Apple and the End of Technological Progress

Hyperbolic title, but as I'm just starting to read Average is Over by Tyler Cowen, I couldn't help but think about what sort of limits there are to some of the technologies Cowen predicts in his new book.

All of the smart technologies we can hopefully expect depend on interconnectivity, and any sort of technology that depends on this sort of interconnectivity faces the same monopolistic temptations as any other ambitious company. Every company in a competitive market, at least on some level, has the goal of destroying its competition.

If you have a traditional monopoly, you have traditional consequences. A utility company with a natural monopoly doesn't face the same price pressures that a competitive market does, and won't innovate as fast as if it were in a competitive market. for these traditional monopolies, we also have traditional solutions: governments come in to regulate prices. In terms of innovation, I'd argue that natural monopolies are also industries in which innovation has a lower value. Think about how much improvement one can reasonably expect in a city's water infrastructure (a contrary example to his might be the fact that we don't have true high speed rail in the United States yet.)

Things are different in the tech sector. The temptation to create "walled gardens" and closed app ecosystems could be compared to the natural utility monopolies. Prices have completely different meanings in the tech sector and discussing that would probably warrant its own post, but there is a very clear link between the creation of these walled gardens and innovation.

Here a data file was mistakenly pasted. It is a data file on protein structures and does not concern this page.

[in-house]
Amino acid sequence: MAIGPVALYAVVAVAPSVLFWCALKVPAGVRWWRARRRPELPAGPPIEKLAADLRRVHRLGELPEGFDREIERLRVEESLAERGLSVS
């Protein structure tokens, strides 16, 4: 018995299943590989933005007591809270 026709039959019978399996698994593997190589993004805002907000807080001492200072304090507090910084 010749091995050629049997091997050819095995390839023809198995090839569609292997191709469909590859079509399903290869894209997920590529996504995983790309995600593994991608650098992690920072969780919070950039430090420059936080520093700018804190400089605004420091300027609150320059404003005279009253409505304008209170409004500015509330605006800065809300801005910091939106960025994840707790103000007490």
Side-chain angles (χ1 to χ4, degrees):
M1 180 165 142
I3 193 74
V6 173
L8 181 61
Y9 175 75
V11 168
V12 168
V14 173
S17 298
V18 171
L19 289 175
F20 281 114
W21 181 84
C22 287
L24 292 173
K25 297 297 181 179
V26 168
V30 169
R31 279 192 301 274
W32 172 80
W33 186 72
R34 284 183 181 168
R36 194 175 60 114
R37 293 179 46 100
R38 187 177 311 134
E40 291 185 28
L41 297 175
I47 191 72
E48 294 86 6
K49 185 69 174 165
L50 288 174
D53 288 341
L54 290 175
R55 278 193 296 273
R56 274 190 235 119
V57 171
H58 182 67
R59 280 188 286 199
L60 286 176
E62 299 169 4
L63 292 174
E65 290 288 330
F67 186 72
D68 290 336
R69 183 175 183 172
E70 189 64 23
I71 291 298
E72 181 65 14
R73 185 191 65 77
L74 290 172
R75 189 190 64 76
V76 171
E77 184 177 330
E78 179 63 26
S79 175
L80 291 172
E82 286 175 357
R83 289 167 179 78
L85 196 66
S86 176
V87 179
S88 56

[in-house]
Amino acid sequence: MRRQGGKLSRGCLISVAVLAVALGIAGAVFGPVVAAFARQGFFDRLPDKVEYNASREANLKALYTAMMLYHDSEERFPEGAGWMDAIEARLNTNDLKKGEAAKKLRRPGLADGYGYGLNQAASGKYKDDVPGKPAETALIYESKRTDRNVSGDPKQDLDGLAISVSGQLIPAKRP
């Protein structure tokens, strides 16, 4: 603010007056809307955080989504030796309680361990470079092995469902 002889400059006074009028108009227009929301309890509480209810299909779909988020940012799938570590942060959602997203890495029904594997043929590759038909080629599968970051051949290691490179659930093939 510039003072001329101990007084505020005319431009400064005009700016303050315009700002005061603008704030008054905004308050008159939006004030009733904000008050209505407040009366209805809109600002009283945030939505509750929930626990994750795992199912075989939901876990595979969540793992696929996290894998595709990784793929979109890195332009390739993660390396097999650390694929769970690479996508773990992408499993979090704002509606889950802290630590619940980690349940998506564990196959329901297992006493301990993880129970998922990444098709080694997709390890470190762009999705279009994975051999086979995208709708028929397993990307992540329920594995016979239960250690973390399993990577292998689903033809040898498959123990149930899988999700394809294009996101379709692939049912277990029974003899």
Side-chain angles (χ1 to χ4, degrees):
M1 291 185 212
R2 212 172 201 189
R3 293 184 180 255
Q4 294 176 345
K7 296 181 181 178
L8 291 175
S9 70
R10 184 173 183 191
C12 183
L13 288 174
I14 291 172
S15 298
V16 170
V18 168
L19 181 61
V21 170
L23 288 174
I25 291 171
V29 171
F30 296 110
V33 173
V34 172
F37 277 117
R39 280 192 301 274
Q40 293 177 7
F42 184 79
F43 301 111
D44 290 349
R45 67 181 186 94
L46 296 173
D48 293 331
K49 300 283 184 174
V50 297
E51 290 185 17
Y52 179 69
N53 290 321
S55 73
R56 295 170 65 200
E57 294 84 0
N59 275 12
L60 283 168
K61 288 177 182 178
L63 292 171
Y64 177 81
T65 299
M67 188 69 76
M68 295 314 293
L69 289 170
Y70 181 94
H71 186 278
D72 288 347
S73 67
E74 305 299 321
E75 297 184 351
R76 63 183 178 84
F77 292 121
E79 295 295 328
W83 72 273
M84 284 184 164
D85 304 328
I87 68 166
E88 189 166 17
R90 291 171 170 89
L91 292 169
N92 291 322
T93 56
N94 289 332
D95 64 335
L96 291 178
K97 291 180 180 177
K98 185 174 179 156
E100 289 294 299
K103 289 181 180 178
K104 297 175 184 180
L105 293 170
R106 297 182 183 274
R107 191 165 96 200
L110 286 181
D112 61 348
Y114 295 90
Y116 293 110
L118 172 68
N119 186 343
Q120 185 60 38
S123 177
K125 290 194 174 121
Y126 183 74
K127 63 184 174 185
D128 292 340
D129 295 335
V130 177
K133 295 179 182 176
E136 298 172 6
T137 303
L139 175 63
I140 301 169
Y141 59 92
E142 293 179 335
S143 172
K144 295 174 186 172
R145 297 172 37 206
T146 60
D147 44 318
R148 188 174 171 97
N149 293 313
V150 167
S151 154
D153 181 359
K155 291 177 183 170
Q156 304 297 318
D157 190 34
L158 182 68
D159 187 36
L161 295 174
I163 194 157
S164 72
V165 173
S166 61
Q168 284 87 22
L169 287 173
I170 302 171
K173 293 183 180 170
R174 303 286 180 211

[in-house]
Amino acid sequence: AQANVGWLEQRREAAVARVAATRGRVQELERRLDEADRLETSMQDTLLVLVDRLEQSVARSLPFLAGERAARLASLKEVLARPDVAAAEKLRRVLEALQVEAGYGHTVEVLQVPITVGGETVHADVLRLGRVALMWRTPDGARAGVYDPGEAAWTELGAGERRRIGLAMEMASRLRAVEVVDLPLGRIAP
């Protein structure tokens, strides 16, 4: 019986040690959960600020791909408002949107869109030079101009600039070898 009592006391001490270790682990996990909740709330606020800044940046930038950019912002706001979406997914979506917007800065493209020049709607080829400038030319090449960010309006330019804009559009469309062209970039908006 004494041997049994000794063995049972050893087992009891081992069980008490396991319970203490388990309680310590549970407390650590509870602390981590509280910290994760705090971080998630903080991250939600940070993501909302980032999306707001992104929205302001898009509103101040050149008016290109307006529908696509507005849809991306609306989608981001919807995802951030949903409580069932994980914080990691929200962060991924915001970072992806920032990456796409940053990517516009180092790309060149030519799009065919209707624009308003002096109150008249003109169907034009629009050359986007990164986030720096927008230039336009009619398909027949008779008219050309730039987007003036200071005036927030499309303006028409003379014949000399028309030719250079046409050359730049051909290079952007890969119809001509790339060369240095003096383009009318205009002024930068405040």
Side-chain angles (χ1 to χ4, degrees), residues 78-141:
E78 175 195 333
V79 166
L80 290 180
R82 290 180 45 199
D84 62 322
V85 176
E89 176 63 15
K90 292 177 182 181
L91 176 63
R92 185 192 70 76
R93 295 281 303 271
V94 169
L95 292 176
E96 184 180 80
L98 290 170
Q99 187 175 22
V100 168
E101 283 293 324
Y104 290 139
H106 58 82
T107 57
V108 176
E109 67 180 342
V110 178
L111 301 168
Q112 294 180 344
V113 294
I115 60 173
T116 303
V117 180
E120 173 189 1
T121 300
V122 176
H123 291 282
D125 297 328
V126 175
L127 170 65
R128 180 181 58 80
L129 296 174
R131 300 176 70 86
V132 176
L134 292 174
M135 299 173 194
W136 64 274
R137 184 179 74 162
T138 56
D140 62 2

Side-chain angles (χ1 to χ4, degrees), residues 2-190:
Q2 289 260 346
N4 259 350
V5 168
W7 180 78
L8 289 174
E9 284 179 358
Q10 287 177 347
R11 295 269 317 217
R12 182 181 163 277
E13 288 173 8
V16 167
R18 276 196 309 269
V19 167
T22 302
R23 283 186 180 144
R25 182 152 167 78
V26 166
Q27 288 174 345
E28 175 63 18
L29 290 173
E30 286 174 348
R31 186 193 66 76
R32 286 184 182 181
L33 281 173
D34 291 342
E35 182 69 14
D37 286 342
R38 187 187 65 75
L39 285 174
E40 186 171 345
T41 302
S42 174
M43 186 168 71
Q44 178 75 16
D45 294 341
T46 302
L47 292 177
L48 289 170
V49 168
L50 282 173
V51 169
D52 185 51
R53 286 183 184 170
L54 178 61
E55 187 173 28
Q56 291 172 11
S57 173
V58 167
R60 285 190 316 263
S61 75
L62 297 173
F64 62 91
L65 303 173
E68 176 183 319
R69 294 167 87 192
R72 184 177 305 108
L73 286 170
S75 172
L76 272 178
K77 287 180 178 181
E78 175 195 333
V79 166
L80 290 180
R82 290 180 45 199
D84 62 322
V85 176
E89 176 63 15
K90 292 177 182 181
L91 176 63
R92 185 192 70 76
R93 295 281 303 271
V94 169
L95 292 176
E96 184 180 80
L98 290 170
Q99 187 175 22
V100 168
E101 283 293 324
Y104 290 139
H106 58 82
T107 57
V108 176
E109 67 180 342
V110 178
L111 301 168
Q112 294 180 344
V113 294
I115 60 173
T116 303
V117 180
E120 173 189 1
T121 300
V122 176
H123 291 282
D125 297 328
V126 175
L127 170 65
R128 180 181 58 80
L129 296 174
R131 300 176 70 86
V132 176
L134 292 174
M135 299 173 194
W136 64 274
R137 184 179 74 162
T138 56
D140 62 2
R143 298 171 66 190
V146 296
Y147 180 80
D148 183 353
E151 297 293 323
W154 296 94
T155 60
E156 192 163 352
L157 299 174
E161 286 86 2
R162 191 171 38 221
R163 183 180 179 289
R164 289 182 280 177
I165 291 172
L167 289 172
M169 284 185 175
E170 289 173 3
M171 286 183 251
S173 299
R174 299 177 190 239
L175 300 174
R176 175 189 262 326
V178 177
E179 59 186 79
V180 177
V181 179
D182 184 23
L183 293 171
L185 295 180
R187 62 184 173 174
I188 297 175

Consider Apple. Apple makes several products that they sell directly to consumer, and maintain an ecosystem surrounding these products. They don't charge directly for the ecosystem, but the ecosystem adds value to Apple's products, and therefore Apple is incentivized to make this ecosystem as flawless as possible, in order to make their products more valuable. This is a positive externality: assuming the price of the products remain the same, consumers get the benefits of the ecosystem for free. Of course, Apple recaptures some of this value by selling its products at a premium.

Part of this value is a "stickiness." Consumers begin to depend on the ecosystem. The longer a consumer remains in the ecosystem, and the more consumers are in the ecosystem, the harder it is for that consumer to leave the ecosystem. As an ecosystem becomes more successful, the company faces fewer incentives to improve it. This is a classic negative feedback loop, and acts as a drag on innovation. The ecosystem sows the seeds of its own destruction.

Google addresses this problem as a company. It realizes it is in its own best interest to continue to innovate, and while a walled ecosystem will lead to monopoly power, it cannot afford to stultify its own evolution. This is why Android is open, why Google lets you (relatively) easily get your data out of their services. It's far from perfect, but at least it's a recognition that this is an issue, rather than the blatant ignorance of the issue by a company like Apple.

There are unfortunately more Apples out there than Googles. At this point in our economic development, the benefits that Google is foreseeing are too long term for a vast majority of companies. Even Google is only to a degree paying lip service to this concept rather than fully embracing the concept (cough Google+.) As far as I'm aware, there does not exist a way to properly align incentives within our economy to avoid this drag on innovation.
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